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Soldiers at a Mass in the field in Vietnam in November, 1966.

Soldiers at a Mass in the field in Vietnam in November, 1966. (Allen Fasoldt/Stars and Stripes)

Soldiers at a Mass in the field in Vietnam in November, 1966.

Soldiers at a Mass in the field in Vietnam in November, 1966. (Allen Fasoldt/Stars and Stripes)

Father Michael S. Filip of Detroit gives Communion to a soldier in the field in Vietnam in NOvember, 1966.

Father Michael S. Filip of Detroit gives Communion to a soldier in the field in Vietnam in NOvember, 1966. (Allen Fasoldt/Stars and Stripes)

PLEIKU, Vietnam — The day after the bloody battle of Dragon Gulch the men of the 25th Inf. Div.'s A Co., 1st Bn., 14th Inf., "Golden Dragons" were having a well-earned rest.

Some were already old pros prior to tackling the tortuous trek across the densely-wooded slopes of the central highlands where, in a fierce fight, they killed 24 enemy and captured two. Some were raw rookies. Now all were combat veterans.

The leg-weary infantrymen recalled brave deeds and miraculous escapes. They told of how Lt. Terence O'Brien of Vicksburg, Miss., led a small group of men forward in the face of heavy fire and began lobbing grenades on the enemy until the firing ceased.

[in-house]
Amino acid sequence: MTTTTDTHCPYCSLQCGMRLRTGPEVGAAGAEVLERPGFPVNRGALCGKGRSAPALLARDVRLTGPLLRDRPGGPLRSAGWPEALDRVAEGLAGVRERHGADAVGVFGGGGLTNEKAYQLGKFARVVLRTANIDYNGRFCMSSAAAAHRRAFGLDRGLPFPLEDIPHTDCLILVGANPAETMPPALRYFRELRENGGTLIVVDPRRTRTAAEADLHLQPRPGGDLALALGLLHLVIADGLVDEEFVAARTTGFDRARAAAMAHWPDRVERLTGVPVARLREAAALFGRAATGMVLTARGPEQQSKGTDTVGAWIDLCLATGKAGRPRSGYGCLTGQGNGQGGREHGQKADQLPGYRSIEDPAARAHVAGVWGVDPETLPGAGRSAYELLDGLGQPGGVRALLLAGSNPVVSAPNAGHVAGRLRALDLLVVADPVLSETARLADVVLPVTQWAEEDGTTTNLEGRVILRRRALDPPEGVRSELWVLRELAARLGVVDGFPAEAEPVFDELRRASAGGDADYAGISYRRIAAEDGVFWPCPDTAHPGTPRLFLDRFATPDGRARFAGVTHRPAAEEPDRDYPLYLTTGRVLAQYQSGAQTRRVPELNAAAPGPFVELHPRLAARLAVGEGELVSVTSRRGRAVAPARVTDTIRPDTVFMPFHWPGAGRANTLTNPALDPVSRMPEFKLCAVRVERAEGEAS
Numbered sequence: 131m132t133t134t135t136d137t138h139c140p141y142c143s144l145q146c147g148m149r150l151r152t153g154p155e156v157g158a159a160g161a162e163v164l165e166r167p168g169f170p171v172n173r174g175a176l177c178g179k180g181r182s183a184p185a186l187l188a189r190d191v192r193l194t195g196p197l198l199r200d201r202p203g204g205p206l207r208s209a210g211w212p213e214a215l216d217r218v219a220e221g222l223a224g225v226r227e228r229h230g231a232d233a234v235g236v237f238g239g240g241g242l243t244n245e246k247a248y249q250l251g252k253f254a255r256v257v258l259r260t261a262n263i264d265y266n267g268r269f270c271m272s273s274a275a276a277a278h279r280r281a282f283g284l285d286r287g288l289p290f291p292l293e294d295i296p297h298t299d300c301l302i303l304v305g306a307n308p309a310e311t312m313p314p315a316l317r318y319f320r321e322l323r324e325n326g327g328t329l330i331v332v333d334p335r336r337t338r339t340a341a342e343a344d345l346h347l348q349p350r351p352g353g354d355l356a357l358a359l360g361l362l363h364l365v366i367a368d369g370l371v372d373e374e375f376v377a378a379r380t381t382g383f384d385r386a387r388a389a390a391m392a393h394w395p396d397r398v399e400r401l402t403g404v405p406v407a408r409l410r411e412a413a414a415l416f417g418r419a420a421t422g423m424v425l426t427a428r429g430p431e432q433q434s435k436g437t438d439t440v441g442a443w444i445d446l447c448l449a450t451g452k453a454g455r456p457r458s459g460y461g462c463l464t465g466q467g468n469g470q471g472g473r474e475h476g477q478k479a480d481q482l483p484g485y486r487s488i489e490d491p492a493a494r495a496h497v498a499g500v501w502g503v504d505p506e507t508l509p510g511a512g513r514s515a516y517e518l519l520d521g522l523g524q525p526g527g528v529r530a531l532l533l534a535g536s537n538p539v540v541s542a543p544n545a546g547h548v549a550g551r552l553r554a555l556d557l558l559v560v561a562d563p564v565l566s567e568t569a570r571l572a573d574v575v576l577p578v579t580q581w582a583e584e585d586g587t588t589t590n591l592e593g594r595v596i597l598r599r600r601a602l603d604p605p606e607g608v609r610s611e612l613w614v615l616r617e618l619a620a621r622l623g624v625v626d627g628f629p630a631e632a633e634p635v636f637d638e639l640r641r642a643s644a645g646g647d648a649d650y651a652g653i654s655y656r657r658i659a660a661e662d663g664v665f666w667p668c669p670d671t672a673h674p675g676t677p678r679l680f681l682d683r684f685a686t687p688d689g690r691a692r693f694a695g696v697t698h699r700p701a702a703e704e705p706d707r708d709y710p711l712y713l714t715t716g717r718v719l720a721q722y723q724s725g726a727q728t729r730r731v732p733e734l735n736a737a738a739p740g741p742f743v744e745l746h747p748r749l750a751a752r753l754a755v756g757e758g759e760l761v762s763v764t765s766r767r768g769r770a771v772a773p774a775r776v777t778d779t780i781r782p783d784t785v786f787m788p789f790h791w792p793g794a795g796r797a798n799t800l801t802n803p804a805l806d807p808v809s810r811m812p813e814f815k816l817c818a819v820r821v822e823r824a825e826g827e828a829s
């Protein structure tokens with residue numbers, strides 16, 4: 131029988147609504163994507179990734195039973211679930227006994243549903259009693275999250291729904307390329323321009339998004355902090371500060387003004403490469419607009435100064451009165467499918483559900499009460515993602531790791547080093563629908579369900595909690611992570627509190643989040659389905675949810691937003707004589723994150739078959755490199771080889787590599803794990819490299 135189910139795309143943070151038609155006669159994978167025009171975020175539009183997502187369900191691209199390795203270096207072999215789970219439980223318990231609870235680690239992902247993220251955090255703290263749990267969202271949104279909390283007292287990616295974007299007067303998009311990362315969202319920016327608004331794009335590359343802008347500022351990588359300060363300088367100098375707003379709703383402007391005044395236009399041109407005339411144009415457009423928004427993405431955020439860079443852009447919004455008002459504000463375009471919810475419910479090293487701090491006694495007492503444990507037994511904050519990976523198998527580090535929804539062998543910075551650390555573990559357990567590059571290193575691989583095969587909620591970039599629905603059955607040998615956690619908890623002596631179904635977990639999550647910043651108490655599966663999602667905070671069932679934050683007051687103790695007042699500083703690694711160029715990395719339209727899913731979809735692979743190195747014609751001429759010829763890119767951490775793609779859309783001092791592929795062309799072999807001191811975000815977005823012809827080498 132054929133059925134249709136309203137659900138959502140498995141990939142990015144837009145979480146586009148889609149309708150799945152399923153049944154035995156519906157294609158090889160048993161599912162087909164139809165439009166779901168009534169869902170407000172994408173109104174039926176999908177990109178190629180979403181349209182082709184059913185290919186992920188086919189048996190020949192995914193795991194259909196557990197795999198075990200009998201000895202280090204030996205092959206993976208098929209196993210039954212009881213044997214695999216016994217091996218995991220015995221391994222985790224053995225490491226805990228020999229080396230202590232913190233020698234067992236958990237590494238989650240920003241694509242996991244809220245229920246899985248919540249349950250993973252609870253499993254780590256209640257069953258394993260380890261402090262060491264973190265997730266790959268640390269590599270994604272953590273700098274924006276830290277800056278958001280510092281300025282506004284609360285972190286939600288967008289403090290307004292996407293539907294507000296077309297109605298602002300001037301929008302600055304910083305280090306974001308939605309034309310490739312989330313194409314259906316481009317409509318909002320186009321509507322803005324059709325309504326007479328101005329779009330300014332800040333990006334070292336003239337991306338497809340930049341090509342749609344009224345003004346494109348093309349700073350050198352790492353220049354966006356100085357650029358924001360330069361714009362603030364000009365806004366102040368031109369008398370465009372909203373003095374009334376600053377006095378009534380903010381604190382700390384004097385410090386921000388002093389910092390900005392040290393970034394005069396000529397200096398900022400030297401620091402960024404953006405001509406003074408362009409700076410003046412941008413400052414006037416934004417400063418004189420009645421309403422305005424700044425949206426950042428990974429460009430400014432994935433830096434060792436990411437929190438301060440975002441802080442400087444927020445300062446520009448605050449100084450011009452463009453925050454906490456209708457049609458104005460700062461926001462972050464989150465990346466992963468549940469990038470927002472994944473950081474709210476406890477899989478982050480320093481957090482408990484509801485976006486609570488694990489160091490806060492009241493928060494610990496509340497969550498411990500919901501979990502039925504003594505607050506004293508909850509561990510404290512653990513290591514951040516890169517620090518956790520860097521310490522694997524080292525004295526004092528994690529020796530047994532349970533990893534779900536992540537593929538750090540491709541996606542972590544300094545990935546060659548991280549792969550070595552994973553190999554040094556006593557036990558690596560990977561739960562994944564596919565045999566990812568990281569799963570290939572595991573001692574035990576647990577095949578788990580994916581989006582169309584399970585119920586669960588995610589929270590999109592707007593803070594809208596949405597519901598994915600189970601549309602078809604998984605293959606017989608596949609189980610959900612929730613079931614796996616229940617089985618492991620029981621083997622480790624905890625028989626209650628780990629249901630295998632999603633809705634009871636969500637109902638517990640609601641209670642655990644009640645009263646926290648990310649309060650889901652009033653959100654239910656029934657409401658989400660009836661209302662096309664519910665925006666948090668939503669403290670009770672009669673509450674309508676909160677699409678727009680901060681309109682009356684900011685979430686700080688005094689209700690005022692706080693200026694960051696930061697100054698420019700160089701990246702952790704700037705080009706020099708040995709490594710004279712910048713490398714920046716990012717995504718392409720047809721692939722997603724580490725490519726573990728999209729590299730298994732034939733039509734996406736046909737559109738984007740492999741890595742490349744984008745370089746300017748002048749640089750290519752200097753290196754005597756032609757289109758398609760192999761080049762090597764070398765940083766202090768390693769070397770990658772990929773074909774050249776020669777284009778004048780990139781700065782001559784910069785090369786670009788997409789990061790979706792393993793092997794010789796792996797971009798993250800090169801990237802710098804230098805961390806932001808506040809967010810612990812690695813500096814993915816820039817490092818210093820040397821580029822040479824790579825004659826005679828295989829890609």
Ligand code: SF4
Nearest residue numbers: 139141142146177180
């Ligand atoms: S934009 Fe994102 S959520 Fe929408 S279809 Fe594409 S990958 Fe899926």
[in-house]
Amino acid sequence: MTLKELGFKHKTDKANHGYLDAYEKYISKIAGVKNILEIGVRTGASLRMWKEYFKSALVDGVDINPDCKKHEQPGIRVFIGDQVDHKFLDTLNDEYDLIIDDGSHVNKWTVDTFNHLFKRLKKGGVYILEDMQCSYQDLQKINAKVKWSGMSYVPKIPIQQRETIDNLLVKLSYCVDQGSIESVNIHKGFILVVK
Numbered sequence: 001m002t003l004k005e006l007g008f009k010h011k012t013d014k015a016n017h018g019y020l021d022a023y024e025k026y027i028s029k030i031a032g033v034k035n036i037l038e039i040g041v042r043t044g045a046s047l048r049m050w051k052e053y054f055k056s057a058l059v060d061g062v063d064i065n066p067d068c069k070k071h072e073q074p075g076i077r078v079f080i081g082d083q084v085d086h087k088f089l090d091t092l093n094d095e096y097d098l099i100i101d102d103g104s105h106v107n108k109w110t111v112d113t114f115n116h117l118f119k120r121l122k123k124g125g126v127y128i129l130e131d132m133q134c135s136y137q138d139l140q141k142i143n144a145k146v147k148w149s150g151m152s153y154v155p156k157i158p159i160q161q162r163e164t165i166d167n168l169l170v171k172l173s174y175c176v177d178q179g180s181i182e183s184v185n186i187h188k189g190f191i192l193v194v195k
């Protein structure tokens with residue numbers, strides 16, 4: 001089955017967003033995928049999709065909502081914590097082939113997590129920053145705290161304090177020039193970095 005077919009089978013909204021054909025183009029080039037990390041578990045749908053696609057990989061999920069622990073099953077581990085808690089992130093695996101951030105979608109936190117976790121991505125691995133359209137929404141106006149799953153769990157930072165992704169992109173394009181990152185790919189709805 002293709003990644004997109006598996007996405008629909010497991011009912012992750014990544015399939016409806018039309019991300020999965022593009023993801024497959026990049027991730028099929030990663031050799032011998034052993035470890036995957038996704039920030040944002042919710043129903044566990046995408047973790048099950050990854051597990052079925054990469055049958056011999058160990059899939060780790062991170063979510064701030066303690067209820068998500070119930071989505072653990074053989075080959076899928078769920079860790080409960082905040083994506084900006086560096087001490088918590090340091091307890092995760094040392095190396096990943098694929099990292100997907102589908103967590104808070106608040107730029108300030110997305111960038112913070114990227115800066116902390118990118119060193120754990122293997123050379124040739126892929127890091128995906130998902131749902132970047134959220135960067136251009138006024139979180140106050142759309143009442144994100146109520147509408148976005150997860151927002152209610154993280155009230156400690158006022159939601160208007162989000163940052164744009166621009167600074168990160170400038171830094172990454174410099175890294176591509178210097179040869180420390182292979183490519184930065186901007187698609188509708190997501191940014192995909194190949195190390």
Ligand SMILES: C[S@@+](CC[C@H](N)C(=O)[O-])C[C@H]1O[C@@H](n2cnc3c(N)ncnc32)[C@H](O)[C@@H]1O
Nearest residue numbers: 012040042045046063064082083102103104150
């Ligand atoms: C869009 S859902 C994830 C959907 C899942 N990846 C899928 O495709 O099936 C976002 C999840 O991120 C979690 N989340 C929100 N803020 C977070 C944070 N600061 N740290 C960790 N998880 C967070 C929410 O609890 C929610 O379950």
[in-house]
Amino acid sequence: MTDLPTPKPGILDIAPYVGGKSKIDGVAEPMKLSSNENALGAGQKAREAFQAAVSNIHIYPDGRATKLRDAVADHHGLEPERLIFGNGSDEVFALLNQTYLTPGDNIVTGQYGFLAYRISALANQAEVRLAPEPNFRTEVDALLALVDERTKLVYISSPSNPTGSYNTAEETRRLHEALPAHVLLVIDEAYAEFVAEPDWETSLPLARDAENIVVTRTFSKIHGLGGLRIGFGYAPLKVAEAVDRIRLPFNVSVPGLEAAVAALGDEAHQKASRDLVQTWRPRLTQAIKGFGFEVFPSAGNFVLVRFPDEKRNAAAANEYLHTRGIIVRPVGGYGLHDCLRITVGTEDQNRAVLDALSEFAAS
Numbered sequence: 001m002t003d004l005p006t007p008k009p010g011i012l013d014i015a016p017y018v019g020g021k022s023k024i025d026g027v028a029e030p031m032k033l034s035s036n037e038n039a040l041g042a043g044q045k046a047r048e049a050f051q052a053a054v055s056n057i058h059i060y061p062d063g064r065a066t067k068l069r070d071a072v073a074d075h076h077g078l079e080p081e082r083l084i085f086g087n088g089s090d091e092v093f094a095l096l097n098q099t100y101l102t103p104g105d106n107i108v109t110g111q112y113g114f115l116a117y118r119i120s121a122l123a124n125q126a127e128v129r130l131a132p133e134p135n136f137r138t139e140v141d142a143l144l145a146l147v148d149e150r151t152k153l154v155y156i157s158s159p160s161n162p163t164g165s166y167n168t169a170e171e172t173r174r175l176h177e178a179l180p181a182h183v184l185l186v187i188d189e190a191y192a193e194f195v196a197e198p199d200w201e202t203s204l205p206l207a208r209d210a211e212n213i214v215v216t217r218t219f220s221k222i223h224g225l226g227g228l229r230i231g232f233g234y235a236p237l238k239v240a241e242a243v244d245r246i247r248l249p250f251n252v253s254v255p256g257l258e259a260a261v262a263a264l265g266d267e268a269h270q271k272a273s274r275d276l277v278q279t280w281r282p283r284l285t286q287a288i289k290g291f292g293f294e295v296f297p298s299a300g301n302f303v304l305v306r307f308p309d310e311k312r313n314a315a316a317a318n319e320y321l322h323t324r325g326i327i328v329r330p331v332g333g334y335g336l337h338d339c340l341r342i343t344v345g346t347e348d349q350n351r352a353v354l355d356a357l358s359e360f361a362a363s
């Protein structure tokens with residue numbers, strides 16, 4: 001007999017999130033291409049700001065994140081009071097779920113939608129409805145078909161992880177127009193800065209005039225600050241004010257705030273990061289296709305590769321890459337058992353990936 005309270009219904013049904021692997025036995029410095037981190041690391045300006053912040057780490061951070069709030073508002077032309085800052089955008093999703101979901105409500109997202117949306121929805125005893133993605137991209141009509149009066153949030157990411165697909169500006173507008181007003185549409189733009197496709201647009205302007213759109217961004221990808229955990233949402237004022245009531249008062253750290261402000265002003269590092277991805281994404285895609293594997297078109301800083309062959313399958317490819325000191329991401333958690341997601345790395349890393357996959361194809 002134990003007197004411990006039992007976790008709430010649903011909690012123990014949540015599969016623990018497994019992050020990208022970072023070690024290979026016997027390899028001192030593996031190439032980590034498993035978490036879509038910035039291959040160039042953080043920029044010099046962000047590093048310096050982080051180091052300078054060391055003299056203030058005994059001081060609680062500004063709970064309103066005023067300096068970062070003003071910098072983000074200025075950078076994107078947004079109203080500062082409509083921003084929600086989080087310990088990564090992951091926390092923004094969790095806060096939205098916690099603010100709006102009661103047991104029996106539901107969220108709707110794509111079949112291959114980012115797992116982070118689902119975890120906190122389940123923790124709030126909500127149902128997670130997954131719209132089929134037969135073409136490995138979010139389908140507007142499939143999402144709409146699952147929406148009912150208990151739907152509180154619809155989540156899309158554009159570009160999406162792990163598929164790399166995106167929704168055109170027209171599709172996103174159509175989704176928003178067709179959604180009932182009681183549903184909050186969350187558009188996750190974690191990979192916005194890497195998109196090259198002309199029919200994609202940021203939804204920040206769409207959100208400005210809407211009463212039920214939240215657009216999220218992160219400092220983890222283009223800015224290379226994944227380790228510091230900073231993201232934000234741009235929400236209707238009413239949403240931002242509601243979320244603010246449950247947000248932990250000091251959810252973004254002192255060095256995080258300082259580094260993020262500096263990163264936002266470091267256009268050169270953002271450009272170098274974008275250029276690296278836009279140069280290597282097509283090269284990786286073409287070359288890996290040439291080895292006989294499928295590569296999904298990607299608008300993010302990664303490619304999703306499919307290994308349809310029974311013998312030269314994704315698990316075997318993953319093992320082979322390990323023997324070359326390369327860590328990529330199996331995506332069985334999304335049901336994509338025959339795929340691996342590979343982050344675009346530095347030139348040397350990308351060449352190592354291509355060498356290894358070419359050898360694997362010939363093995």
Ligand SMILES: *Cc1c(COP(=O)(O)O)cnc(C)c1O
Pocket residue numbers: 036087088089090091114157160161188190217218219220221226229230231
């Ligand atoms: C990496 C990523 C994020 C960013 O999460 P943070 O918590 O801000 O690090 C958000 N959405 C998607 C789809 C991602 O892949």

"Wasn't Hennan blessed?" said one youth. He was referring to PFC David M. Hennan of Farmington, Minn., who had the heartstopping experience of having a "live" grenade dropped in his lap. The trooper coolly returned the explosive to the sender and none too soon. His swift action probably saved his life and the lives of four companions close by.

Capt. Michael D. Sparago, of Brooklyn, N.Y., battalion surgeon, was not his usual jolly self. Doc had just lost one of his medics.

"He was one of the very best," he said. He was "shot in the back while attending the wounded."

The battalion's Catholic chaplain, Father Michael S. Filip of Detroit, celebrated Mass and said special prayers for those brave men who had paid the supreme sacrifice.

Capt. Ora L. Boss of Green Forest, Ark., A Co. commander, chatted about the previous day's action. He had a special word of praise for each man.

Lt. Col. Gilbert Procter Jr., of Nogales, Ariz,, the battalion commander, also checked to see that his men were being well taken care of.


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